Leader magazineASCL - Association of School and College Leaders

The truth is out there...

Children in a playground

Do you know how all of your pupils feel about school? Not just those who volunteer for everything or who attract your attention for the wrong reasons.
Brian Lightman explains how St Cyres School in Penarth found the PASS pupil attitude survey a powerful tool in understanding the answers.

How confident are children in your school about their ability to learn? How developed are their learning skills and what is their attitude towards their teachers?

What is their work ethic and their response to the demands of the curriculum?

Anyone who is serious about school improvement wants to know the answers and has done so long before personalising learning and student voice came into common parlance.

However, it is very easy to get feedback from those who offer it most readily - the children who always chat to you on dinner duty, the year and school councils, the children who are in your office again because they are in some sort of trouble.

Even when structured progress interviews are built in to the school calendar it is very difficult indeed to get a genuine overview and not to be influenced by the mix of pupils you meet in the course of the day.

The shy ones, the poor attenders, the children who go through five years of secondary education without engaging in more than a cursory conversation with their teachers - these are the ones whose views are often missed.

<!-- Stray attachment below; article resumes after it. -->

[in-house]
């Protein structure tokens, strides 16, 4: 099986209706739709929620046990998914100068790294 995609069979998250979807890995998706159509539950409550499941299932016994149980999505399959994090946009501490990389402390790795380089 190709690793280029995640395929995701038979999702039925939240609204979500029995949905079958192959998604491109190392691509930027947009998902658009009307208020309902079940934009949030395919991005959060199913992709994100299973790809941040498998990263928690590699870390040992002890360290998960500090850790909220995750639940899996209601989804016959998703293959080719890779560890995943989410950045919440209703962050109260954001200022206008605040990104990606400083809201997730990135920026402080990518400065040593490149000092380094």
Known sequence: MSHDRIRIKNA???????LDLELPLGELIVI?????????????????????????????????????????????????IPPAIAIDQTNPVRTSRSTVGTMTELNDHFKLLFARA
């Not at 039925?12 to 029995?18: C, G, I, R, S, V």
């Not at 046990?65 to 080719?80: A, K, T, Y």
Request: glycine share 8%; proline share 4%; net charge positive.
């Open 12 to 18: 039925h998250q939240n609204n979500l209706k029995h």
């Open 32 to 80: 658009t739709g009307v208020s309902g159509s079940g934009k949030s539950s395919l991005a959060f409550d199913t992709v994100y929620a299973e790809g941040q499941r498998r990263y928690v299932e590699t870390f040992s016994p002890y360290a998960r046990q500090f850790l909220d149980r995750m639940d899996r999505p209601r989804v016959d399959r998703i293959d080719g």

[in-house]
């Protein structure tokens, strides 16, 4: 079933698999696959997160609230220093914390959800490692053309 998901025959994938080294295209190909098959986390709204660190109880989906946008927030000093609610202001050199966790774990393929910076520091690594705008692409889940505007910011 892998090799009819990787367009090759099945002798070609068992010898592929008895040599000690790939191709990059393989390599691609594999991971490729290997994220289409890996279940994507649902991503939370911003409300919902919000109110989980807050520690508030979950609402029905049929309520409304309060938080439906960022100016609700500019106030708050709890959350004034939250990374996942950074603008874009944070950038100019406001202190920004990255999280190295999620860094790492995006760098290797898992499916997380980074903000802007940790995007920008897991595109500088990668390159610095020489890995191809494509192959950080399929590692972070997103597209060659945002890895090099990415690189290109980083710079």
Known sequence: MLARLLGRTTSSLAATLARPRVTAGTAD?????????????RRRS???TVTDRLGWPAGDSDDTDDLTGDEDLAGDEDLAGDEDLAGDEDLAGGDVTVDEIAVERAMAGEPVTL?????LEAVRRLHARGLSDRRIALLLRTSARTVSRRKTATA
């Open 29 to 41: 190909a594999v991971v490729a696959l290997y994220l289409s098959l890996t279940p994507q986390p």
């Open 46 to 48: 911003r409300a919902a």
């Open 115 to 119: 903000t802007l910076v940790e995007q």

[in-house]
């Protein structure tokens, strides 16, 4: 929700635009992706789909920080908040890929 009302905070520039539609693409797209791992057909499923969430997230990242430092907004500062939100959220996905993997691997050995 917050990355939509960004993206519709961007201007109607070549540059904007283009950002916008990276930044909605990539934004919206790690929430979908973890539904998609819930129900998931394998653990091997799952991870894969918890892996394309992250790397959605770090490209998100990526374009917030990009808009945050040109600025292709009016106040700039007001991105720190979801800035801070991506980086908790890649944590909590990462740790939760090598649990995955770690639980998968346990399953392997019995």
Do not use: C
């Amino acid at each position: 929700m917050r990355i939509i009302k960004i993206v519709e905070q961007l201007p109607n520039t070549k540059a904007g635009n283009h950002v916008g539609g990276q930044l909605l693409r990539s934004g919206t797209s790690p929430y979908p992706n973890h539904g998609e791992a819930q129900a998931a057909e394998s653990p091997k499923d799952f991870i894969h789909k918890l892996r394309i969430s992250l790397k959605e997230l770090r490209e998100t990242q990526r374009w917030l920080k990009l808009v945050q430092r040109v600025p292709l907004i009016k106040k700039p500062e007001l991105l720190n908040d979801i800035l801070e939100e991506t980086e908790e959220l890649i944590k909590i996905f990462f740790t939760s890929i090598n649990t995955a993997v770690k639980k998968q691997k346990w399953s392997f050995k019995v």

At St Cyres School, a mixed comprehensive with 1,560 pupils of all abilities from a wide range of backgrounds, we decided to complement our relatively well-established self evaluation processes with a whole school survey of pupil attitudes.


The logistics of this were ambitious and we were nervous. Every pupil in Years 7-11 was to complete an online survey taking about 15 minutes, technology permitting.

Where there wasn't access to the computer network they would complete a paper version.

All of the results would be submitted to the publishers of the PASS survey (Pupil Attitudes to Self and School) and a report returned within days.

The survey consisted of 50 questions which asked pupils' level of agreement with statements relating to nine factors (see Table 1), which were founded on a rigorous research base.

The report would analyse the responses in great detail using a large and reliable standardised sample from a large number of other schools.

We prepared the pupils for the survey by telling them in assembly time and school council meetings why we were using it.

It was important to present it as something which would be a useful conversation topic for all of us and could help us to make our school a better place. Confidentiality was emphasised.

Suffice it to say that the application of the survey proved remarkably easy in spite of limited ICT facilities and the complexities of a split site. My view would be that if we managed it any school could.

The pupils took the survey very seriously and enjoyed completing the online questionnaire. Learning support assistants gave technical help to the children with special needs.

Only two pupils made mistakes like forgetting to submit their surnames and the system enabled us to identify them later.

Using the data

The results surpassed our wildest expectations and instigated a debate across the whole staff. It was one of the most powerful I can remember in terms of school improvement.

The data influenced our school development plan, our understanding of individual pupils and the trends within different year groups.